By then end, I felt like a Bluetooth ninja and it had one unexpected outcome.

The next time my partner’s fitness tracker failed to sync with the app on her smartphone, I felt myself taking the side of the little device. Now I had learned how heart monitors and fitness trackers talk to smartphones and was seeing its point of view. I empathised and sympathised with it.

Or as Teo Tolstoy put it:

Tout comprendre, c’est tout pardonner. (Understanding everything is forgiving everything)

Then, just as things were fitting into place, the accelerometer stopped working. I guessed it was because of the abuse it received at the end of my soldering iron – again, I was taking its side.

Conclusion:
This platform is best suited for people who really want to dive deep into electronics, have some coding knowledge and have the skills to write that software that will talk to it as well.

Raspberry Pi

The Raspberry Pi Foundation is a charity based in the UK to make computing and electronics accessible. The devices they make are small cheap Linux (an alternative to Windows or Mac) machines with plenty of accessories for electronics projects. There are also lots of examples to work on.

This was perfect for me, I have regularly worked with Linux machines over the years and so starting this up and communicating with it was like talking to an old friend.

However, again, I struggled with Bluetooth. Things became easier when I changed libraries but I found the process a bit tricky and again, the key was making something (in my case on an Android phone) for the Raspberry Pi to talk to.

Conclusion:
This is a great platform for software engineers who already know Linux. There’s a lot of help for beginners but a project like mine would probably put most newbies off.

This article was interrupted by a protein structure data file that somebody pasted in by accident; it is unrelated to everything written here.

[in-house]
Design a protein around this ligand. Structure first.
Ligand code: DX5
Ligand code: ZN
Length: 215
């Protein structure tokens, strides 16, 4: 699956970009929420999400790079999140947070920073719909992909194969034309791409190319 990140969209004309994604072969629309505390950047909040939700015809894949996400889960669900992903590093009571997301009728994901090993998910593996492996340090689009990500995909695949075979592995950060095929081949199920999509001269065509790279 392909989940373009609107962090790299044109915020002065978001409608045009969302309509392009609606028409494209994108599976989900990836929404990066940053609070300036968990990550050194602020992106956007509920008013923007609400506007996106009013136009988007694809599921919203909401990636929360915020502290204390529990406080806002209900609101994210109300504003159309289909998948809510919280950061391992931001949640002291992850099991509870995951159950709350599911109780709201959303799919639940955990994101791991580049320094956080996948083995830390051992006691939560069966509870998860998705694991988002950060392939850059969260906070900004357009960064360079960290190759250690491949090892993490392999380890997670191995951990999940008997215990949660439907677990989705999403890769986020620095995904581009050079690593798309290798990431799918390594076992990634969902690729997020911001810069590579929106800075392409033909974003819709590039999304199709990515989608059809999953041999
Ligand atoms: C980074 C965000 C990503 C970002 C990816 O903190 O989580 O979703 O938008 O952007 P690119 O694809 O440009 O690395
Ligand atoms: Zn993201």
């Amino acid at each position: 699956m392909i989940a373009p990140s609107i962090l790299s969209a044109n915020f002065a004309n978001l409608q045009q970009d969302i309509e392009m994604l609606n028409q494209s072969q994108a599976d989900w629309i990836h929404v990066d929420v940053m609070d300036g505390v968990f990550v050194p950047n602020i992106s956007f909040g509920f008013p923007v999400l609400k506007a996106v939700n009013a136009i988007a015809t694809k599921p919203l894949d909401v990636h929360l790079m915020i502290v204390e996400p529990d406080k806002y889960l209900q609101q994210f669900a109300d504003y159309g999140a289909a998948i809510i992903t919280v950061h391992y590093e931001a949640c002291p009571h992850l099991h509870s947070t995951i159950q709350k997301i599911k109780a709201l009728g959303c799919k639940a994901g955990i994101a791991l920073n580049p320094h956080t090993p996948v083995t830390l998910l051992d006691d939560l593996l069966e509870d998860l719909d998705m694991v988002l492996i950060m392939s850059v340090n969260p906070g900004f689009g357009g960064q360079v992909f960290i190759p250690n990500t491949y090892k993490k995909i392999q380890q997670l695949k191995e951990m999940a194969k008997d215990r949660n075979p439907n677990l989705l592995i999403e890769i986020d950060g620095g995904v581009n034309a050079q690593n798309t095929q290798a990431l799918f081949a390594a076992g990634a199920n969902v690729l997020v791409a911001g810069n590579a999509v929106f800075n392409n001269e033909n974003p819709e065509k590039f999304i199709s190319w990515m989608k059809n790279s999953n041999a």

BBC Micro:bit

Micro:bit started as an initiative to make sure every Year 7 school kid in the UK could have a go at programming and electronics.
Plug it into a computer and get started using blocks. Then when you feel more confident (or frustrated with blocks) move on to writing JavaScript or Python.

There are plenty of starter projects to get familiar with the features. Crucially, work has also been done to provide simple connectivity to other devices such as Android. A programme is provided by MIT to make it easy to write code for your Android device using blocks.

Having both parts of the puzzle was the game changer. Rather than needing to dig deep to understand Bluetooth, the examples just work and you can get on with what to do with the information once it’s on your phone.

There are working examples on how to show the information on screen or upload it to a spreadsheet in the Cloud. I decided to use my existing knowledge to make a nice Android app with some pretty graphs.

I also made something to hold the Micro:bit while I’m practising. In entrepreneurial fashion, I have named it the smartSock(™) (I made it from an old thickSock).

Now I have no excuses for not being a fencing champ. Touche!

Conclusion:
Pretty much anyone should be able to get started making their own things and learning how technology works. How far you take it is up to you.

It’s nice to know that the next generation, at least in the UK, will grow up learning how to make their own tech, even if they do end up buying most of it. And it’s not too late for any of us to have a go.

We may not end up making anything that useful (I doubt my fencing will really improve), but at least we will learn how these things work. And by doing so, perhaps be more at one with our tech.

Meanwhile, it’s time for me to get practising my fencing moves.